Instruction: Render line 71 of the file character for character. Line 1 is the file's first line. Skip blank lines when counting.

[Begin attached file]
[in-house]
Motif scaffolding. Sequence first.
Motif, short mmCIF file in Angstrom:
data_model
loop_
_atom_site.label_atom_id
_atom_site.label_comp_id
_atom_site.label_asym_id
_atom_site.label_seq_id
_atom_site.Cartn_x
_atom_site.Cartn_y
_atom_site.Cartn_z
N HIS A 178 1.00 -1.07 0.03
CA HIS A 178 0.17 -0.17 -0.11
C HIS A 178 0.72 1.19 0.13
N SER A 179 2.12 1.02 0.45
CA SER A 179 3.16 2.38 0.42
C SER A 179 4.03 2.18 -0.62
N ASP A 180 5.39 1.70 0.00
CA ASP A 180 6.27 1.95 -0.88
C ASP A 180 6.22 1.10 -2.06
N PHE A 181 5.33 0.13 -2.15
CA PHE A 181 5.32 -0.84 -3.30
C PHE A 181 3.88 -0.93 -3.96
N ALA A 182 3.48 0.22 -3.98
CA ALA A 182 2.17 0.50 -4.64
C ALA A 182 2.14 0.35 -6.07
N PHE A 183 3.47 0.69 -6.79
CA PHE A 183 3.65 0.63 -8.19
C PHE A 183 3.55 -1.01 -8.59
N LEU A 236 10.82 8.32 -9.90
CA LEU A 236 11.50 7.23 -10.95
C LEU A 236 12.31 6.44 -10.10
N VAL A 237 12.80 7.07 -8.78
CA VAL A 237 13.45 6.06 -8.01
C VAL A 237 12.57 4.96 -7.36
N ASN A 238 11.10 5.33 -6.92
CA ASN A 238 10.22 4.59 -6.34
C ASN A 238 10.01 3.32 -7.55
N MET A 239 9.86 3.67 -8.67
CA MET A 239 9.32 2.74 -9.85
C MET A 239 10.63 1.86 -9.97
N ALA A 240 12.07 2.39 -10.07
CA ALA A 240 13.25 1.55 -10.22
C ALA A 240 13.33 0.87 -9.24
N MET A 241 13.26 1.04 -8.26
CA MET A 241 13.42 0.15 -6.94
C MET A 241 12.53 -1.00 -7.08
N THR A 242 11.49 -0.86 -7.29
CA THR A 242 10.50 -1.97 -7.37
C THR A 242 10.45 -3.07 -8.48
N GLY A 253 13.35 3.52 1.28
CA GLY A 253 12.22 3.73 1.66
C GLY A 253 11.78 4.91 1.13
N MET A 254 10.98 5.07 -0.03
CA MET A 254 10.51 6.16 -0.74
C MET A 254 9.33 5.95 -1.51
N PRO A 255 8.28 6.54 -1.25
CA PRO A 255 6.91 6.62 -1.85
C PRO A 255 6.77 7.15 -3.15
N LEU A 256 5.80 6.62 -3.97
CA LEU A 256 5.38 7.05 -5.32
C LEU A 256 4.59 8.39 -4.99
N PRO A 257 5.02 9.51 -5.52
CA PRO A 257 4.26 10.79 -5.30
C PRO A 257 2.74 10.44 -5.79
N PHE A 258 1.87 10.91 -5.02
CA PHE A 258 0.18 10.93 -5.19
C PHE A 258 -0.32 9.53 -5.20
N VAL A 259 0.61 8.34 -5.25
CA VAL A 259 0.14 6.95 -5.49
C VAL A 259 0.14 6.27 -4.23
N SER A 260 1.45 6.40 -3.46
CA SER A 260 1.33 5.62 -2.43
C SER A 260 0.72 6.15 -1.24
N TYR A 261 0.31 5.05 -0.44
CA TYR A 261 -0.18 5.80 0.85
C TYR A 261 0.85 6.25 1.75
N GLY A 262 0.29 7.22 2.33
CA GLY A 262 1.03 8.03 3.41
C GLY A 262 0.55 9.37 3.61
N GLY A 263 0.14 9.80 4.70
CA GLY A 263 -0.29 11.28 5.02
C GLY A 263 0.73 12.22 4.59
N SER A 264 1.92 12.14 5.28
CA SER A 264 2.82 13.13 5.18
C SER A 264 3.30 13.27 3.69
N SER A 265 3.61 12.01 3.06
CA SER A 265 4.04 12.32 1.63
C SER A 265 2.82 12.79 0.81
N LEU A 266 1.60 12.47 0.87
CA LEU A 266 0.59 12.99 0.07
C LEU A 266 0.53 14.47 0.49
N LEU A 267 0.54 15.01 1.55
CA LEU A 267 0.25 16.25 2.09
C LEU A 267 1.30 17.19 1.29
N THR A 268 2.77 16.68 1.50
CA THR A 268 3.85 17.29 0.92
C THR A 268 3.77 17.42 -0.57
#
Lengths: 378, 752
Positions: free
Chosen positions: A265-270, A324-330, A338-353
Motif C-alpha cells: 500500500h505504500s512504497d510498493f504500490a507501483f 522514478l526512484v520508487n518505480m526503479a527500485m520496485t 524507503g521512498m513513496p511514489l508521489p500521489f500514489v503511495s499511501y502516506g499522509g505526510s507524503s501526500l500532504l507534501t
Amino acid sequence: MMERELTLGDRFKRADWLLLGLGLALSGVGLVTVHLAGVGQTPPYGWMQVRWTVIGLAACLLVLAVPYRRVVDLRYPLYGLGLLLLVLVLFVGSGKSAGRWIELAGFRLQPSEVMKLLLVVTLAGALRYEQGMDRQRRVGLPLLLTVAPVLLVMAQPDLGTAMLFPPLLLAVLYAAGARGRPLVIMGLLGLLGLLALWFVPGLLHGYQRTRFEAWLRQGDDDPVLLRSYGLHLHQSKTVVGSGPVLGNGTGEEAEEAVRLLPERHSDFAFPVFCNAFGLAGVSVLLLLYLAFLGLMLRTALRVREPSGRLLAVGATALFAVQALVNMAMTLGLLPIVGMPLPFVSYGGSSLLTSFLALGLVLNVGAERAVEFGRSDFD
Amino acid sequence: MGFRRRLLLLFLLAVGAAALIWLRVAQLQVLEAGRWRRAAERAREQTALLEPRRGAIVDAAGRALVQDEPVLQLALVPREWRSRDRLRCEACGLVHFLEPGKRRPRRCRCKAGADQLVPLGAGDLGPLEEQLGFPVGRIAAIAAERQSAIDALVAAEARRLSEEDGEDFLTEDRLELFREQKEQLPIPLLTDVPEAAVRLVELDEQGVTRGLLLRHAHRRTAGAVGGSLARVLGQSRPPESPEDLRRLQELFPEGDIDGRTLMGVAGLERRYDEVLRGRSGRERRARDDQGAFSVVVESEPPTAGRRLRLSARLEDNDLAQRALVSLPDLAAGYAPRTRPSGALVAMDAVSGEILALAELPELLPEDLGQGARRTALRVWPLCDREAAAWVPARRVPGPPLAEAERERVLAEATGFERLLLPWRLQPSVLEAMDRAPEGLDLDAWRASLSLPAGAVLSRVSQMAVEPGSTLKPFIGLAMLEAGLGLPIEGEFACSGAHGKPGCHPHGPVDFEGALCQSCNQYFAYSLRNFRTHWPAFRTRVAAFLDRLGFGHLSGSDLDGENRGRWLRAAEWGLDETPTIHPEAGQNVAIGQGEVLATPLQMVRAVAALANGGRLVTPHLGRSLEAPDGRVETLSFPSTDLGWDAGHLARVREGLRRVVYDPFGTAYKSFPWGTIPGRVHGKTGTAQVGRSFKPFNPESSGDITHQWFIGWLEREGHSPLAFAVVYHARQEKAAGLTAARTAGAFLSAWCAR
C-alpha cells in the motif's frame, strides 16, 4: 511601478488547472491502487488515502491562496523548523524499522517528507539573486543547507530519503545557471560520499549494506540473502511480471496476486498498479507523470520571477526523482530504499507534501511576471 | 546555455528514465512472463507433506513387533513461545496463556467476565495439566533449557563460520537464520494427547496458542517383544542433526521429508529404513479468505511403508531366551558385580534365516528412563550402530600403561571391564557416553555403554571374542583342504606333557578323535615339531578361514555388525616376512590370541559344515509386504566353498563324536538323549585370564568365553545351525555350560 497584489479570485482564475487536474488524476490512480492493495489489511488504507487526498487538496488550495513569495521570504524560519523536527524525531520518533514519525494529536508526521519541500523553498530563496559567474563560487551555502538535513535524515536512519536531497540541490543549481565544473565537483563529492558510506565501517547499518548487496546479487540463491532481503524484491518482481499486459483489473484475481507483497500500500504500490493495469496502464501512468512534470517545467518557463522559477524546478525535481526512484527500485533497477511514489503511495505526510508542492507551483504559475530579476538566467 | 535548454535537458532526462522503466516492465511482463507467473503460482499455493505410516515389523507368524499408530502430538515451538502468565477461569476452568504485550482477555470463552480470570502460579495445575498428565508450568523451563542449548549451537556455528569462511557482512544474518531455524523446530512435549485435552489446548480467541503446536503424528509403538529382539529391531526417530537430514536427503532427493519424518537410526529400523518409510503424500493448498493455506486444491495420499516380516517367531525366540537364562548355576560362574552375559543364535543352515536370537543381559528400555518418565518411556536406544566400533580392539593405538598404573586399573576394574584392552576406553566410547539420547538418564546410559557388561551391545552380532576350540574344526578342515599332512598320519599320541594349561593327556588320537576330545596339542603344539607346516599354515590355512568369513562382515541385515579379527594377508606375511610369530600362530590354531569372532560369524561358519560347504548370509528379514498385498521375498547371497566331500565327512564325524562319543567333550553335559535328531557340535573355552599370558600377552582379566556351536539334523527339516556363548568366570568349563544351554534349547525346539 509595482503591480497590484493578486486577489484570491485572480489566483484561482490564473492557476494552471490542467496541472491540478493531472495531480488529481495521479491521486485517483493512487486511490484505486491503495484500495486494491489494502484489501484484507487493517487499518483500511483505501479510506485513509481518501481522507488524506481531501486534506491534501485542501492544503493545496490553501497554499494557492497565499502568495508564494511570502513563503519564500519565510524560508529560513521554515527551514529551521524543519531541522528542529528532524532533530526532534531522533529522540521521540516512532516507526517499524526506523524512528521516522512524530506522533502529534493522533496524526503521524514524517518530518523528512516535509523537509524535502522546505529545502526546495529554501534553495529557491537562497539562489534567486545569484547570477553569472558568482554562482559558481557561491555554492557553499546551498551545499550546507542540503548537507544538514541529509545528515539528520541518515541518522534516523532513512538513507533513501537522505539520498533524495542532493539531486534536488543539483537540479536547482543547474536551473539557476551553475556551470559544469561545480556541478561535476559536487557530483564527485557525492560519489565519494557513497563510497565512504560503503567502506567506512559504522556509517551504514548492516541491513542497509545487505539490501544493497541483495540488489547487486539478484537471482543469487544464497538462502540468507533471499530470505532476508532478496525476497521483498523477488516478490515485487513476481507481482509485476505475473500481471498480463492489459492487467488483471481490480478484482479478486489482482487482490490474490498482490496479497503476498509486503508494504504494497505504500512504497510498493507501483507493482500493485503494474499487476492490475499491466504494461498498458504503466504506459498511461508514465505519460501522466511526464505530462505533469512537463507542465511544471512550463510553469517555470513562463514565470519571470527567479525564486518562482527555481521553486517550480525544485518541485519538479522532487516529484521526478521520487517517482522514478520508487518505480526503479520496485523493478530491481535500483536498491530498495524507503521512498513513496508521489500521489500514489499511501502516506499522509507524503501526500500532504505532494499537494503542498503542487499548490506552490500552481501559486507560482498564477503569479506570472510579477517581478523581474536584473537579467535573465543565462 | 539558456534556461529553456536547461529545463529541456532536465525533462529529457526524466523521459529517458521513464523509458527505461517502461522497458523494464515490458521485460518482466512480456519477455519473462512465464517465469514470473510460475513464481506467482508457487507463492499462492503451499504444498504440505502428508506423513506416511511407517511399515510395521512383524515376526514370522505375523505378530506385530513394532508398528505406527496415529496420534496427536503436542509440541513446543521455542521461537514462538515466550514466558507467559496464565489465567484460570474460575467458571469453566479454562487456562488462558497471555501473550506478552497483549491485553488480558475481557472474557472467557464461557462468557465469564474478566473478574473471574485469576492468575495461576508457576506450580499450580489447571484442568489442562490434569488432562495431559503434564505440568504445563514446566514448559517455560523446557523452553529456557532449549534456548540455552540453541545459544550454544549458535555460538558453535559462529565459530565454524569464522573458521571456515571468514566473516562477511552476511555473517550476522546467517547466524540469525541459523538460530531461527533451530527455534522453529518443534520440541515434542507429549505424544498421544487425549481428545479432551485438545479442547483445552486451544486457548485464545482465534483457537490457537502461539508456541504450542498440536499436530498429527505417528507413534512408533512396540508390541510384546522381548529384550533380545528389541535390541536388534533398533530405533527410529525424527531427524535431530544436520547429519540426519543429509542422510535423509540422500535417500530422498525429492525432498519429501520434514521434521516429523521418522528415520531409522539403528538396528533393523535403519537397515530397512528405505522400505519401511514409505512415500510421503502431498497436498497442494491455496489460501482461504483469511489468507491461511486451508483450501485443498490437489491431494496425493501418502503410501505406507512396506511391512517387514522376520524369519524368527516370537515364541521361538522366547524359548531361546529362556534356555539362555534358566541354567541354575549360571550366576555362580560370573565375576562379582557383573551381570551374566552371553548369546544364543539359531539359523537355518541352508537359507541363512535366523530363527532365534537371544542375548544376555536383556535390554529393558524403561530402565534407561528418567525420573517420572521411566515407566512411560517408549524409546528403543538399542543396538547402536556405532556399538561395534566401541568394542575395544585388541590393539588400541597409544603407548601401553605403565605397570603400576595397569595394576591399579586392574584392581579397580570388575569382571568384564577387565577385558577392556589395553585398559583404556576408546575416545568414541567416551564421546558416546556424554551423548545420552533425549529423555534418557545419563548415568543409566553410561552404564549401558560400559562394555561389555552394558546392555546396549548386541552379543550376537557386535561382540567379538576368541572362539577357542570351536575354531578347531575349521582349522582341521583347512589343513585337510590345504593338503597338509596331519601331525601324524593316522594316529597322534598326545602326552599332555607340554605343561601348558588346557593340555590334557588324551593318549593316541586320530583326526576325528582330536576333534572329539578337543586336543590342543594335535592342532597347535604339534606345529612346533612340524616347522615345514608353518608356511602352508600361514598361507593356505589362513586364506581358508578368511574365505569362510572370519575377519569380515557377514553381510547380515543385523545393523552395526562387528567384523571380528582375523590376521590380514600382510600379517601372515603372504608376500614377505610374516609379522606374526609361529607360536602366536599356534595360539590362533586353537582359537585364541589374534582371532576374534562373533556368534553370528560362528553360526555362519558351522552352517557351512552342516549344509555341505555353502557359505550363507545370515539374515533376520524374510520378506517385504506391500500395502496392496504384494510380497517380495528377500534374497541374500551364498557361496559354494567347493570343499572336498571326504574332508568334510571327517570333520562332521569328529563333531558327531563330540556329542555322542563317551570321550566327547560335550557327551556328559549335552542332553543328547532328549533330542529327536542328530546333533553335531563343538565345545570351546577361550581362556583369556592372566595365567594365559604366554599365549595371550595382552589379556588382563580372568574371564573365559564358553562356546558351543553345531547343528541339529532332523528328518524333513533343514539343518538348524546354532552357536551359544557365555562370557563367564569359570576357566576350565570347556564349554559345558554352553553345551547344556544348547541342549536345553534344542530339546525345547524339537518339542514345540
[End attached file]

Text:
CA VAL A 259 0.14 6.95 -5.49